Invading the world of the Mommy blogger

Betty-draper Are you watching Mad Men, the hit TV show?  Noticed that look of dazed or startled expression that sometimes flits across the Betty Draper's face? 

I never see it in real life.

As a hardworking anthropologist, I spend a lot of time doing interviews in people's homes.  Usually this means I am talking to the female head of household, a woman in her 30s or 40s. 

No Betty Drapers here.  My respondents are intelligent and intense.  Often they will zero in on my questions, divine my intent, and take over the interview.  My job now: take notes as fast as I can.

This should not surprise.  These Betty Drapers are nothing like Betty Draper.  They are well educated with one and sometimes two college degrees.  They worked before marriage so they have knowledge, experience, and connections beyond the home. (They may well still work.) They have all the usual media feeds, so they know what is happening outside the home.  And they have all the social media feeds, so they are networked everywhere.  The domestic home, and middle class suburb, that may have imprisoned women after World War II are now "exploded" by education within and media without. 

The last point to make here: these women know popular culture.  They have new acuity that we now see exhibited everywhere.  Frequently, they have that passionately informed fandom captured by Henry Jenkins.  If these women are not imprisoned by a siloed suburb, they are certainly not imprisoned by "soaps" and a parochial media.  Plus, they are "working closely" with their kids, and therefore well informed developments in youth culture. 

When I was writing Chief Culture Officer, I kept thinking that these women would be excellent readers for the book.  At some point in the evolution of every home, perhaps when the last child starts high school, women begin to think in earnest about returning to the work force (if they have not been there all along).  And they would make very good Chief Culture Officers or people who work for Chief Culture Officers.   They are in other words ideal readers for this book.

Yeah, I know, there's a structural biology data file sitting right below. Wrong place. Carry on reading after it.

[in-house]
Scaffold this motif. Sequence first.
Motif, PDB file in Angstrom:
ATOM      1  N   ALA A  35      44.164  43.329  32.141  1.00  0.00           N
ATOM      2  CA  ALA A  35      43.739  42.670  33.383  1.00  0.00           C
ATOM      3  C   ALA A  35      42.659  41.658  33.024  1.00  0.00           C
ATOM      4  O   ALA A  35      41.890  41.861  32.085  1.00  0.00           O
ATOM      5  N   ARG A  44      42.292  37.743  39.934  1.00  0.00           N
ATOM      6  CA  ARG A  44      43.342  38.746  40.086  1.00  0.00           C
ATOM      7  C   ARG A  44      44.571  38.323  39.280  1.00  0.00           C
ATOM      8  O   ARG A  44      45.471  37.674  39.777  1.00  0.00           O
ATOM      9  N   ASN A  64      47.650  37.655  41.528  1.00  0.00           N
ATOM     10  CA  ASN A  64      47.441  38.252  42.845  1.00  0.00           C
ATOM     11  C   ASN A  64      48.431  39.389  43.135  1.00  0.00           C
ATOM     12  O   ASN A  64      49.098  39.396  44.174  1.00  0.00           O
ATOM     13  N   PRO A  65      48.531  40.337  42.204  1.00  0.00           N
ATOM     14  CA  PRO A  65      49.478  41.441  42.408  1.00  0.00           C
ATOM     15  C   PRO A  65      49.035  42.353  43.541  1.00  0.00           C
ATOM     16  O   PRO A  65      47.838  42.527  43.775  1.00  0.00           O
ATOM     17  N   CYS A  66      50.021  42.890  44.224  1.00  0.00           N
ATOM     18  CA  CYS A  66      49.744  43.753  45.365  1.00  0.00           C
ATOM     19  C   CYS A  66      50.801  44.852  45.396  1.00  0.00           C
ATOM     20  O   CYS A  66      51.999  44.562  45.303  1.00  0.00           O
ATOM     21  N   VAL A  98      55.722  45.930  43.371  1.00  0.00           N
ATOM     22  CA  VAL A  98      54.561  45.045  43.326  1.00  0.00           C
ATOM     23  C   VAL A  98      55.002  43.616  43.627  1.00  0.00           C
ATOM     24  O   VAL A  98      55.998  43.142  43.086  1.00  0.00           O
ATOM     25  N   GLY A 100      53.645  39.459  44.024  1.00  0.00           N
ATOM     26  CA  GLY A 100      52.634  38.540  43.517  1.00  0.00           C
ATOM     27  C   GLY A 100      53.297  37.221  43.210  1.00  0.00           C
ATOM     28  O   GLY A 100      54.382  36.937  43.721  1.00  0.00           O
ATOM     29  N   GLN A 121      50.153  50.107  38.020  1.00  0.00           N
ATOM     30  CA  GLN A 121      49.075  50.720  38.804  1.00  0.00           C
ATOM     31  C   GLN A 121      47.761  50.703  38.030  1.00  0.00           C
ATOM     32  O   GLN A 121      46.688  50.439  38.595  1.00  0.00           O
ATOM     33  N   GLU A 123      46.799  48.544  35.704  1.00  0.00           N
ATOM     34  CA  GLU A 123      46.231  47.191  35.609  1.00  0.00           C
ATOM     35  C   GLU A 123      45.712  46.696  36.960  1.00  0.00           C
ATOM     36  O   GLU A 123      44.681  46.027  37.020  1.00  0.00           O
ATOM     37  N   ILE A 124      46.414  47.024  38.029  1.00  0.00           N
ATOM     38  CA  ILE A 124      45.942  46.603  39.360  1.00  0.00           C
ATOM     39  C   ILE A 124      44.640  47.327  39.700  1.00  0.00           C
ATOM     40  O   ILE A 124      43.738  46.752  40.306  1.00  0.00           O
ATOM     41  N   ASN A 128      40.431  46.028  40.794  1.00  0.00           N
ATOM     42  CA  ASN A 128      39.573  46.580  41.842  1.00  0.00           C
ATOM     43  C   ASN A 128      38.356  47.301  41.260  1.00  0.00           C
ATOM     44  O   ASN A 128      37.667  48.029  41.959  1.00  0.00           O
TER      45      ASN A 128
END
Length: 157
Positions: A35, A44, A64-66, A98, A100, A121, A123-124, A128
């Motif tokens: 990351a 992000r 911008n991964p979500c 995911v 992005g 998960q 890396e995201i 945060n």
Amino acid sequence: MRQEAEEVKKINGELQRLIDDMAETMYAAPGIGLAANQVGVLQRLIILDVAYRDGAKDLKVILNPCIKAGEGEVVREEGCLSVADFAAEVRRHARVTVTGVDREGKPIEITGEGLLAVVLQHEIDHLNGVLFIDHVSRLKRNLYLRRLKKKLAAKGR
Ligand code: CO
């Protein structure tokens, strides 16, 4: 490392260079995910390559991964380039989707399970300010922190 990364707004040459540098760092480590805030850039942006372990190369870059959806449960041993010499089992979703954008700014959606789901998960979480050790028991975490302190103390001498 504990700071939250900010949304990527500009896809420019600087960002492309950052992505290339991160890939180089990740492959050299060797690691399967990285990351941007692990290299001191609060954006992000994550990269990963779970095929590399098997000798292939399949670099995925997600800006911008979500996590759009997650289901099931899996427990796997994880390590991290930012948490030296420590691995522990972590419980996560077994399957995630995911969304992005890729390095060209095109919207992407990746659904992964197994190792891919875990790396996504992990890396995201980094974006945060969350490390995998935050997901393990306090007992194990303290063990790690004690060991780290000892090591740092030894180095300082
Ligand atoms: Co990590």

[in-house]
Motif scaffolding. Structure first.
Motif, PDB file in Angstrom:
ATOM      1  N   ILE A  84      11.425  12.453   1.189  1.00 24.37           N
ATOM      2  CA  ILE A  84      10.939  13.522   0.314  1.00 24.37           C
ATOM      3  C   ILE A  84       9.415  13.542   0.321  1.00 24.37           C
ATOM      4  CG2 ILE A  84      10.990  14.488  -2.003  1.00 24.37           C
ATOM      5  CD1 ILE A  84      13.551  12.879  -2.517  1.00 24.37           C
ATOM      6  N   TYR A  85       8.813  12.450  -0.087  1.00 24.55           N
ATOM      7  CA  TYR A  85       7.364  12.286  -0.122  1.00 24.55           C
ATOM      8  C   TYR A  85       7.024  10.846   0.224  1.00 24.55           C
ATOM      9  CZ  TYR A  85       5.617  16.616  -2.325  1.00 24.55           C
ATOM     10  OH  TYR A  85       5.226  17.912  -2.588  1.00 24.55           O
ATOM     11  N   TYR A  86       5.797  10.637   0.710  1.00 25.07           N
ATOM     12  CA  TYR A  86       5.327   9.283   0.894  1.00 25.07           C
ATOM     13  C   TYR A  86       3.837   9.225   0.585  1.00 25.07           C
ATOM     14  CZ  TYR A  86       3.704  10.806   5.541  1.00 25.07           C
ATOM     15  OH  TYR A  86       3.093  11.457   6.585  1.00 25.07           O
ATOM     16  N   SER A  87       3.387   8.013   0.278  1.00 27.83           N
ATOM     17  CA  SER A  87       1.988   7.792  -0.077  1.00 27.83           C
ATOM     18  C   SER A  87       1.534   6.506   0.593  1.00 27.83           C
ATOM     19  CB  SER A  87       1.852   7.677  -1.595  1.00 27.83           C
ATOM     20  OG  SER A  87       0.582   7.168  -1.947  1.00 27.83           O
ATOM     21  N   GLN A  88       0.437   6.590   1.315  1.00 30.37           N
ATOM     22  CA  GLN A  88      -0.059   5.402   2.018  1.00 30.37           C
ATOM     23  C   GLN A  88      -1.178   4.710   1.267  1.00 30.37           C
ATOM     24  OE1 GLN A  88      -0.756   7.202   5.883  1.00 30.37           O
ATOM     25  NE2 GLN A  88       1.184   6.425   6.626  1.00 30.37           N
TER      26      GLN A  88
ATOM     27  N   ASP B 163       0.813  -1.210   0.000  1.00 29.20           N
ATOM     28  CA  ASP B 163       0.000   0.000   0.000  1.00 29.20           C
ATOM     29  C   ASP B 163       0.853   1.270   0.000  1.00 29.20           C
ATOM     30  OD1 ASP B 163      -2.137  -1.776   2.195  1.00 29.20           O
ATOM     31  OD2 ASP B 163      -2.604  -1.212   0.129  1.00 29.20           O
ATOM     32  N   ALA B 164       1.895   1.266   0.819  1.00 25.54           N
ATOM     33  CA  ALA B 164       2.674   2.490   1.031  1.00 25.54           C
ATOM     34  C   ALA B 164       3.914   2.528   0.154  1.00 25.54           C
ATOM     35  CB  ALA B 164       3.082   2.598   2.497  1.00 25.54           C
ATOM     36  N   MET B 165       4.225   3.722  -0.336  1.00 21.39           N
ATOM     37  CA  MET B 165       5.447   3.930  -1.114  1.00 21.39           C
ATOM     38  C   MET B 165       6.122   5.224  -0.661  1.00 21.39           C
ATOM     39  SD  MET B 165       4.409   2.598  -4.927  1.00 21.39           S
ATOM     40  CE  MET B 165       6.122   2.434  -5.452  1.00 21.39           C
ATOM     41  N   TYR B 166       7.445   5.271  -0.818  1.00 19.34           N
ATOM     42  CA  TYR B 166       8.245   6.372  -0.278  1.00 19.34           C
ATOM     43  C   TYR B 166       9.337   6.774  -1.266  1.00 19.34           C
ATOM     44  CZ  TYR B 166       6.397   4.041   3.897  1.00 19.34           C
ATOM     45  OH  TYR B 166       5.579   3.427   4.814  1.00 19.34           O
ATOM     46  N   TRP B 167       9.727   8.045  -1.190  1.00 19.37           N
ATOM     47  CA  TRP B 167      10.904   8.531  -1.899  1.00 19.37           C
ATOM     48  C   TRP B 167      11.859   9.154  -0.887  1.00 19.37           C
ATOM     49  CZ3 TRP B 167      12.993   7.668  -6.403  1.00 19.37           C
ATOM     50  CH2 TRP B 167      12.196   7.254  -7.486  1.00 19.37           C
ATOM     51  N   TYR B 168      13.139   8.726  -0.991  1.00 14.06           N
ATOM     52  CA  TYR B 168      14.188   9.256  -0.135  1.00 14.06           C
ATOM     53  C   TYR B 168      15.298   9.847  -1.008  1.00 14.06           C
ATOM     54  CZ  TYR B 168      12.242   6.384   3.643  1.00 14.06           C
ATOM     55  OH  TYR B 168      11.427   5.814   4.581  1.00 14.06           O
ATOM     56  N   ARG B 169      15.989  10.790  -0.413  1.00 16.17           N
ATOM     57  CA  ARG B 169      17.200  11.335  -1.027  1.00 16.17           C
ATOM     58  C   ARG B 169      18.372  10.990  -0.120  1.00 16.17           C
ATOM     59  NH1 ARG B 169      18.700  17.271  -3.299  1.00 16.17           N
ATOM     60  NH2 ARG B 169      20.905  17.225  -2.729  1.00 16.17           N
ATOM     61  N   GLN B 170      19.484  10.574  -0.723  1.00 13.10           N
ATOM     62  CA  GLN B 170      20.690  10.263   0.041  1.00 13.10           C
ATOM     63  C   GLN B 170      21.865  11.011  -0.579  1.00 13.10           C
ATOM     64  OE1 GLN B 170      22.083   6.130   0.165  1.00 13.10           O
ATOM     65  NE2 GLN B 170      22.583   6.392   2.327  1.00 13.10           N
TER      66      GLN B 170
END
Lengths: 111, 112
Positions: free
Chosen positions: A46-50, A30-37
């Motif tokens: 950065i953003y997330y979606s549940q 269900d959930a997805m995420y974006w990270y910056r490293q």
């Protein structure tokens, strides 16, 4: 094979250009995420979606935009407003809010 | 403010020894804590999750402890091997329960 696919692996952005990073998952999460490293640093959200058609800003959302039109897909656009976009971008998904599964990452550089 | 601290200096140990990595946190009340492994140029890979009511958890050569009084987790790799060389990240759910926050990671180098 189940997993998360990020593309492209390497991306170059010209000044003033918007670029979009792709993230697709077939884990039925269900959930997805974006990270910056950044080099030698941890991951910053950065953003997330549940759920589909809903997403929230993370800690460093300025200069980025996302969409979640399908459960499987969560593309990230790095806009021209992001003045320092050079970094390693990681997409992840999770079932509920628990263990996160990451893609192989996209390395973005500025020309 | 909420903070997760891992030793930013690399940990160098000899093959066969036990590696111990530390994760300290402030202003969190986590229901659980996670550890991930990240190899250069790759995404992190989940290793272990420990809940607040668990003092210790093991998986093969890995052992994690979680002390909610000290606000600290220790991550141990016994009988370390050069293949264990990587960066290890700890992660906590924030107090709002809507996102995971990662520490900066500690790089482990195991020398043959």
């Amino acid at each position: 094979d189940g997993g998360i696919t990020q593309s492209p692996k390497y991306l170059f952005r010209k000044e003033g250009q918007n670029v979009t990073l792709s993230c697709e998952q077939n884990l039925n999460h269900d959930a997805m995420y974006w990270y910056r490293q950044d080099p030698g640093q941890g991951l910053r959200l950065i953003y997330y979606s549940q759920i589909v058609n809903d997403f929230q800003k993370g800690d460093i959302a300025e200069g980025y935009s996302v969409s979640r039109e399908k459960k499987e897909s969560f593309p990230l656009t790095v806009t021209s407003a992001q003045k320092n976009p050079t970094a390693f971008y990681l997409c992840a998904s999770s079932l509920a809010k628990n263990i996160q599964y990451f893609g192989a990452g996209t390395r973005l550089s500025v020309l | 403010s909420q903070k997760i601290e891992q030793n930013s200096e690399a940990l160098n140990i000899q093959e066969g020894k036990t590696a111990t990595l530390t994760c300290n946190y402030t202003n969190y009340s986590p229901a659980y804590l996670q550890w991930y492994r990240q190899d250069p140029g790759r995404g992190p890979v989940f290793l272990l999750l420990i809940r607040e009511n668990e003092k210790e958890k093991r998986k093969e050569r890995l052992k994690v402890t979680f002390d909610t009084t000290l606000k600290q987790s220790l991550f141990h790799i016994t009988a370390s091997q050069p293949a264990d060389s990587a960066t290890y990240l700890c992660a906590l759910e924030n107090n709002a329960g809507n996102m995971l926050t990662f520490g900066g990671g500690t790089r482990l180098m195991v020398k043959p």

I have done my marketing due diligence.  I have reached out to the so-called Mommy bloggers and asked them to review the book.  I have reached out to neighbors and asked if they would comment on whether and how the book is useful to them.  The jury is still out on my neighbors and I have one "mommy blogger" still to check in, but I am feeling underwhelmed. 

Your assignment, if you choose to accept it: If you were me, what would you do to reach out to this readership?

9 thoughts on “Invading the world of the Mommy blogger”

  1. Mr. McCracken:

    I absolutely agree with your post, and how you have described the ‘modern’ woman. However, the following is my perspective that will explain why not one of your “mommy bloggers” has checked in with you.

    Problem: Although the women you have researched are educated, professional, experienced, and knowledgeable – let’s not forget that they are indeed “mommies”. These women have TWO jobs – their ‘day’ job (professional career), and their ‘never-ending’ job (being a mom).

    Their responsibilities as a mother are ongoing: taking Johnny and Sally to soccer practice, parent/teacher conferences, grocery shopping, laundry, and the list goes on and on.

    With this in mind – the TIME investment in reading an entire book and producing a detailed review is last on their priority list. Unlike Betty Draper who has all the time in the world – a task like reading a book is more than often a luxury for them – something that they will “get around to.”